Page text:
My preference is for inclusion. Asdar is really just Earth pressed through the sieve of my imagination. This taps into my own subconscious thoughts about the world and I expect it does for the reader. The landmass of the old world is not immediately recognizable as Eurafrasia, but that’s what inspires it. There are East Asian-looking people in the far east, Dravidian-looking people in the south, African-looking people in the far south, and European-looking people in the west. It’s Eurocentric, I suppose, in the same way that you would judge Middle Earth or Westeros (Game of Thrones) to be so. I find my cultural identity in the European past rather than in the brief span of European occupation of North America. I’m one of those Americans who finds the rich architectural and cultural wealth of Europe irresistible. I can say the same to a lesser extent for the marvelous civilizations of north Africa, India, and China. A world without different ethnic humans and exotic locales is inconceivable to me. A world with only European-looking people would be very different than a world with all the ethnic groups we see today. The principle of duality requires both tolerance and racism in such a world.
Of course, Asdar is a fantasy setting and I have included inspirations from original Dungeons and Dragons which borrowed freely from Tolkien, Moorcock, H.P. Lovecraft, and others. There are elves, dwarves, halflings, orcs, giants, goblins, trolls, and countless other “races.” These creatures, brought to the forefront by Tolkien, were in turn taken from European myth and legend. Scientific moderns see these humanlike creatures as nothing more than the fables of over-active primitive minds. I see them as oral artifacts about the distant past when barely modern humans shared this world with other humanlike creatures, such as Neanderthal. How close the Scandinavian tales of trolls compare to modern Bigfoot sightings we may never completely know.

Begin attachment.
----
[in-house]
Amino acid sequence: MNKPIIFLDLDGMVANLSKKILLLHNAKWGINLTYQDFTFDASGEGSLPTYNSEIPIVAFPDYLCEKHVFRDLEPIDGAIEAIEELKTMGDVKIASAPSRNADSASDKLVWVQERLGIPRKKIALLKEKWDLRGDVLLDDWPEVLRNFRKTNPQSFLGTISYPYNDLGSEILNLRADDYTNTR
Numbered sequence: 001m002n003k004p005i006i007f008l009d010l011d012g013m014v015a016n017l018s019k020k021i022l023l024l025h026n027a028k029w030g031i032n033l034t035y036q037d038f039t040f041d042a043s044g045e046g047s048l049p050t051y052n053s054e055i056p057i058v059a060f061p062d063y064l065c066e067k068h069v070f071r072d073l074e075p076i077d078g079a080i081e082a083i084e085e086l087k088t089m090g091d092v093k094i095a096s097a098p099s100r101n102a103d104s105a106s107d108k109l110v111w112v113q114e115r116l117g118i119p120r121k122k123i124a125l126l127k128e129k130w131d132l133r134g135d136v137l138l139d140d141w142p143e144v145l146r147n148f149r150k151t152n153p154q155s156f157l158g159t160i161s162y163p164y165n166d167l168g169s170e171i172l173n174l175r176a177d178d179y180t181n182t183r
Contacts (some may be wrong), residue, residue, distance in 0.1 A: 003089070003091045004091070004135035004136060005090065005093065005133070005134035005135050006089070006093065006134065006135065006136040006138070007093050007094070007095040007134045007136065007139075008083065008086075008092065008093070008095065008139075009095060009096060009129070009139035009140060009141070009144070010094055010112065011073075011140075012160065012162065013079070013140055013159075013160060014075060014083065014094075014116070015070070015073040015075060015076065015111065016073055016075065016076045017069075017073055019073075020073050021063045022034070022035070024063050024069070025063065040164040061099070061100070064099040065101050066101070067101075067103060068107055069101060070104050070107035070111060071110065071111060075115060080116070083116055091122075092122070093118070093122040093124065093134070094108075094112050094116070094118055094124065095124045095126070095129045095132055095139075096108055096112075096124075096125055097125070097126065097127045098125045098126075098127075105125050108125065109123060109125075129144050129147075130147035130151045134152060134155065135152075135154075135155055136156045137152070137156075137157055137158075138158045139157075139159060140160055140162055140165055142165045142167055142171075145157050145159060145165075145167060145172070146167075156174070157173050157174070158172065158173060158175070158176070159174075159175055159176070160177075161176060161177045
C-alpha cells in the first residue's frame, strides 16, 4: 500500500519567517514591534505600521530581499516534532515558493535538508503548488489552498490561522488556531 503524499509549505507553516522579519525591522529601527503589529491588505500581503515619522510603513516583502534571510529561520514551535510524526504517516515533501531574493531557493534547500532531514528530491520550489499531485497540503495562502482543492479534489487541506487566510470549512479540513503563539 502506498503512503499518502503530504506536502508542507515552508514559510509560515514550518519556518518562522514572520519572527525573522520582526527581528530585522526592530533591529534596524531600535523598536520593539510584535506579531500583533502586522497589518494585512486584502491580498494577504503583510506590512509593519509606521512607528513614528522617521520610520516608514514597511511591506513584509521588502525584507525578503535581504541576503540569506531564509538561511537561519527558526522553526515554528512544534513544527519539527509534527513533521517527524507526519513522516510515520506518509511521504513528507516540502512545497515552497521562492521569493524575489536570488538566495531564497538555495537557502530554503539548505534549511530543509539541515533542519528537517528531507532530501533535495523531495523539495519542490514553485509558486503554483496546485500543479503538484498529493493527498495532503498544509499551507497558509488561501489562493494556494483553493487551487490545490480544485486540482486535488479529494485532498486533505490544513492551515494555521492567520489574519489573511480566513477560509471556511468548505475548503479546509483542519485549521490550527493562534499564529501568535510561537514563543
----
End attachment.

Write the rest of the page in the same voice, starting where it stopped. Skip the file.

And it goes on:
Great floods and giants are more than just bible stories and they have global currency. They are accounts of ancient experience during a time before Archimedes said “Give me where to stand and I shall move the world.” A nine-foot tall giant human is no less plausible than a twenty foot, three ton ground sloth (Eremotherium). In fact, giant humans may have been the norm for a long, long time before our brief historic present. Schliemann proved that the ancient myths of Homer corresponded to a tangible geography. The discovery of Göbekli Tepe compels us to contemplate a human past twice as long as historians teach us. The questioning of the historic past is still in full swing and, in time, a new generation of academics will accept that Atlantis is a corrupted memory of a prehistoric advanced civilization. The institutions of science and religion are too specialized and ideologically self-serving to accept the details of human past at present.
I finally established my “homepage” for the World of Asdar website. It’s been nearly a year as I launched the site in September or October of 2013. Before that time, I used tiddlywiki to collect the data into one html document. Due to java issues and other limitations, I made the jump last year to a dedicated website, http://wiki.worldofasdar.com, where I can write articles about the fantasy world of Asdar.
I will share my insights, thoughts, and challenges in the ongoing creation of Asdar in this blog. Thank you for reading.